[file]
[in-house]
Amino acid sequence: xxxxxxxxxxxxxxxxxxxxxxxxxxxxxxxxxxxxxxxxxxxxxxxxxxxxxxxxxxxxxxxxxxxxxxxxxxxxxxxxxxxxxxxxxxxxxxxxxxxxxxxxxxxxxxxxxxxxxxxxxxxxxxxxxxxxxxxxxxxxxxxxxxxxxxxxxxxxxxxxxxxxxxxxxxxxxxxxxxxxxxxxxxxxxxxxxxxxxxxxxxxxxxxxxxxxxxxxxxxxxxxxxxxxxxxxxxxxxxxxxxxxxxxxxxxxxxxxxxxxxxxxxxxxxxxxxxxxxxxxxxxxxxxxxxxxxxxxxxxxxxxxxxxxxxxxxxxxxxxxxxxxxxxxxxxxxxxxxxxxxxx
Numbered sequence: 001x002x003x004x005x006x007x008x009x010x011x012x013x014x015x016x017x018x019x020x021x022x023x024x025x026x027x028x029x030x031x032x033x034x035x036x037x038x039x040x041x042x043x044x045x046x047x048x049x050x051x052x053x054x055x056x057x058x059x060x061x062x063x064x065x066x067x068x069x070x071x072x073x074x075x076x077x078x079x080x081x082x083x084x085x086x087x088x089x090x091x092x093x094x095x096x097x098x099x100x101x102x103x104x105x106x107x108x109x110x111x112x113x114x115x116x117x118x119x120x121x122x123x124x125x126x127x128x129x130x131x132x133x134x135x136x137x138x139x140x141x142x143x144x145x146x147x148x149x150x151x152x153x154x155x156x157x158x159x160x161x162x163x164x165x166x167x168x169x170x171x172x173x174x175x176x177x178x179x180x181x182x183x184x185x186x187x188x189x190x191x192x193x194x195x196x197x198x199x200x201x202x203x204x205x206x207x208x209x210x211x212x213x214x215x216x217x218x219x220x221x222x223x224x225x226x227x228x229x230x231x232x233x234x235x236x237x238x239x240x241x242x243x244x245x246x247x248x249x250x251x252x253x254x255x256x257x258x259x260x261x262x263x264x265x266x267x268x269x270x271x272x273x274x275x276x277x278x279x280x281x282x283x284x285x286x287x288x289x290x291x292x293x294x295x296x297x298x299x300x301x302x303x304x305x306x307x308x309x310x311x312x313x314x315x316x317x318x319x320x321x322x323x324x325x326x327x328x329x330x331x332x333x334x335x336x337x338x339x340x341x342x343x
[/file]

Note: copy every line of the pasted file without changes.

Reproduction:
[in-house]
Amino acid sequence: xxxxxxxxxxxxxxxxxxxxxxxxxxxxxxxxxxxxxxxxxxxxxxxxxxxxxxxxxxxxxxxxxxxxxxxxxxxxxxxxxxxxxxxxxxxxxxxxxxxxxxxxxxxxxxxxxxxxxxxxxxxxxxxxxxxxxxxxxxxxxxxxxxxxxxxxxxxxxxxxxxxxxxxxxxxxxxxxxxxxxxxxxxxxxxxxxxxxxxxxxxxxxxxxxxxxxxxxxxxxxxxxxxxxxxxxxxxxxxxxxxxxxxxxxxxxxxxxxxxxxxxxxxxxxxxxxxxxxxxxxxxxxxxxxxxxxxxxxxxxxxxxxxxxxxxxxxxxxxxxxxxxxxxxxxxxxxxxxxxxxxx
Numbered sequence: 001x002x003x004x005x006x007x008x009x010x011x012x013x014x015x016x017x018x019x020x021x022x023x024x025x026x027x028x029x030x031x032x033x034x035x036x037x038x039x040x041x042x043x044x045x046x047x048x049x050x051x052x053x054x055x056x057x058x059x060x061x062x063x064x065x066x067x068x069x070x071x072x073x074x075x076x077x078x079x080x081x082x083x084x085x086x087x088x089x090x091x092x093x094x095x096x097x098x099x100x101x102x103x104x105x106x107x108x109x110x111x112x113x114x115x116x117x118x119x120x121x122x123x124x125x126x127x128x129x130x131x132x133x134x135x136x137x138x139x140x141x142x143x144x145x146x147x148x149x150x151x152x153x154x155x156x157x158x159x160x161x162x163x164x165x166x167x168x169x170x171x172x173x174x175x176x177x178x179x180x181x182x183x184x185x186x187x188x189x190x191x192x193x194x195x196x197x198x199x200x201x202x203x204x205x206x207x208x209x210x211x212x213x214x215x216x217x218x219x220x221x222x223x224x225x226x227x228x229x230x231x232x233x234x235x236x237x238x239x240x241x242x243x244x245x246x247x248x249x250x251x252x253x254x255x256x257x258x259x260x261x262x263x264x265x266x267x268x269x270x271x272x273x274x275x276x277x278x279x280x281x282x283x284x285x286x287x288x289x290x291x292x293x294x295x296x297x298x299x300x301x302x303x304x305x306x307x308x309x310x311x312x313x314x315x316x317x318x319x320x321x322x323x324x325x326x327x328x329x330x331x332x333x334x335x336x337x338x339x340x341x342x343x